Outsider art – Art of the insane

The Thinking Man (August 1970)

In the late 19th and early 20th century, people became fascinated with the art of the insane or ‘outsider art’ as it is known. These were times when people with serious mental illness, such as schizophrenia or psychotic depression, were incarcerated in asylums, and treatments were largely ineffective.

One treatment that was taken seriously, however, was art therapy and many of these people produced art that reflected their mental state and may have given some relief to their suffering, at least temporarily.

At this time modern art was becoming more abstract with Dadaism and Surrealism. Some famous artists such as Paul Klee, Max Ernst and Jean Dubuffet gained some of their inspiration from art produced by the mentally ill in asylums.

“I want to replace Western Art with that of the jungle, the lavatory, the mental institution – “art brut” – Jean Dubuffet, who first brought the Art of the Insane into cultural consciousness

In the 1970s the drug company Sandoz (who made Melleril) produced a series of prints done by people in asylums which they called “Psychopathology and Pictorial Expression”. The prints came with a case history written by psychiatrist, Dr Alfred Bader who was Medical Superintendent of the Psychiatric Clinic of the University of Lausanne in Switzerland. The company gave them to doctors all over the world. No doubt the introduction of antipsychotic drugs dulled the creativity of patients receiving such treatment.

Of course times have changed, and medical treatments for calming severely disturbed people have improved, enabling them to live in less institutionalised environments. This had led to moves to manage people with serious mental illness in the community rather than in asylums.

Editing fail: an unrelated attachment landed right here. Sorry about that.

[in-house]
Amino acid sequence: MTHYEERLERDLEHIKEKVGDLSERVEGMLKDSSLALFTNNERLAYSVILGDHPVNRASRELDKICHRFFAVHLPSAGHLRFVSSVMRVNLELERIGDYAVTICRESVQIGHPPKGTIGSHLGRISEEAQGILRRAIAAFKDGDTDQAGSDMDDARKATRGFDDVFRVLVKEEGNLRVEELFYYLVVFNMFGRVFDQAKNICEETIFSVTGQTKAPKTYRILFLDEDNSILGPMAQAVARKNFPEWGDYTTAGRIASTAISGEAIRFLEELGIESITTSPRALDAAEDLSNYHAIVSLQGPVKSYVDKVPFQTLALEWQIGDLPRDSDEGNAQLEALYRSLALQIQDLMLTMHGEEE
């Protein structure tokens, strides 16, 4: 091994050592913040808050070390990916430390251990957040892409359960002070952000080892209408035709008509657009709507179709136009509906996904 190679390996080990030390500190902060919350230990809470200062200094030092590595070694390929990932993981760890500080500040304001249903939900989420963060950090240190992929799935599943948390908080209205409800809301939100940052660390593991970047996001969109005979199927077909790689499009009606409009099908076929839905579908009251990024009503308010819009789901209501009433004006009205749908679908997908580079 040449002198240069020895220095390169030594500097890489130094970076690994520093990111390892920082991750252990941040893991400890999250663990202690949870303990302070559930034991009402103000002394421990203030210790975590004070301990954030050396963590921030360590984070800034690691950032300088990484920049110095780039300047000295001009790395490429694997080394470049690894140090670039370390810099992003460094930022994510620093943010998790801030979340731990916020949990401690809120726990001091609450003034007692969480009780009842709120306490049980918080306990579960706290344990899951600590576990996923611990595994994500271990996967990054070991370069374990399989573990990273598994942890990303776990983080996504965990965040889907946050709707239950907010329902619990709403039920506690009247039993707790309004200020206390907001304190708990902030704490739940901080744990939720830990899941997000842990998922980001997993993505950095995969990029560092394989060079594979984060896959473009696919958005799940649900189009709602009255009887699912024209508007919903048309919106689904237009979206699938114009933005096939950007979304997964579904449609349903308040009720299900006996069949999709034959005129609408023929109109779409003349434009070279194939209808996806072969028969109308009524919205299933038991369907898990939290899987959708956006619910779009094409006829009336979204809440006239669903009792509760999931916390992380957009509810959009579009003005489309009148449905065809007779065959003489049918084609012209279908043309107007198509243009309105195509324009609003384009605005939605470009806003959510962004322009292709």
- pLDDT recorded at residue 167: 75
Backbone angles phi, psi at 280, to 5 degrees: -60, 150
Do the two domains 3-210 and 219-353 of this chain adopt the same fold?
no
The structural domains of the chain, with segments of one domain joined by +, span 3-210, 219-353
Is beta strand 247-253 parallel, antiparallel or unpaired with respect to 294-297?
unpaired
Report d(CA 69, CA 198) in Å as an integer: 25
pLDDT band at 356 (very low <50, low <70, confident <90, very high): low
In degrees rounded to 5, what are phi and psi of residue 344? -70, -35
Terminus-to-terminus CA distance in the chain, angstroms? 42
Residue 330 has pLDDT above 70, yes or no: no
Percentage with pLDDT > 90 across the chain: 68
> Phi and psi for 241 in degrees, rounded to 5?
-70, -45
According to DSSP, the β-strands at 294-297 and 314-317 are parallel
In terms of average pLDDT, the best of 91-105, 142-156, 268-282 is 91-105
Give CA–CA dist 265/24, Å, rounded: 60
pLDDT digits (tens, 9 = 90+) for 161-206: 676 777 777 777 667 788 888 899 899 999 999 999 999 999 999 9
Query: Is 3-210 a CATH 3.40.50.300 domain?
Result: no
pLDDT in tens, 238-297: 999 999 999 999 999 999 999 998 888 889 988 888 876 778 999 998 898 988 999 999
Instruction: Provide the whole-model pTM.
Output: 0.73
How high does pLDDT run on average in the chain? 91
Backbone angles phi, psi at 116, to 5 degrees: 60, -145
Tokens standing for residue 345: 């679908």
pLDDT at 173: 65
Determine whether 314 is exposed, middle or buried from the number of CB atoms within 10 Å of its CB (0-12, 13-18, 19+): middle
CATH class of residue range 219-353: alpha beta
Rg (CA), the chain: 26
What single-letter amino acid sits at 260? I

Psychiatrists once encouraged the use of art as an activity for the severely mentally ill in asylums. They came to appreciate this art as unique, straight from the heart and free of outside influence. They now rely on antipsychotics and antidepressants to reduce mental suffering.

Has this resulted in the demise of outsider art? Or are people with mental illness still producing a style of work reflecting their emotional state, unencumbered by artistic trends and what other people think? Google ‘outsider artists’ and the work of many practising artists will appear.
Is this type of art practice therapeutic?

Offering for the King’s Child (June 1969)

The origins of outsider art

The term outsider art was coined by art critic Roger Cardinal in 1972 as an English synonym for art brut ( “raw art” or “rough art”), a label created by French artist Jean Dubuffet in 1945 to describe art created outside the boundaries of official culture; Dubuffet focused particularly on art by insane-asylum inmates. (Wikipedia).

Jean Dubuffet first described this type of art as “drawings, paintings, all works of art emanating from obscure personalities, maniacs: arising from spontaneous impulses, animated by fantasy, even delirium; and strangers to the beaten track of catalogued art.” (From a letter Dubuffet wrote to the Swiss painter Rene Auberjonois in August 1945 – as described in Art Brut, The Origins of Outsider Art by Lucienne Peiry)

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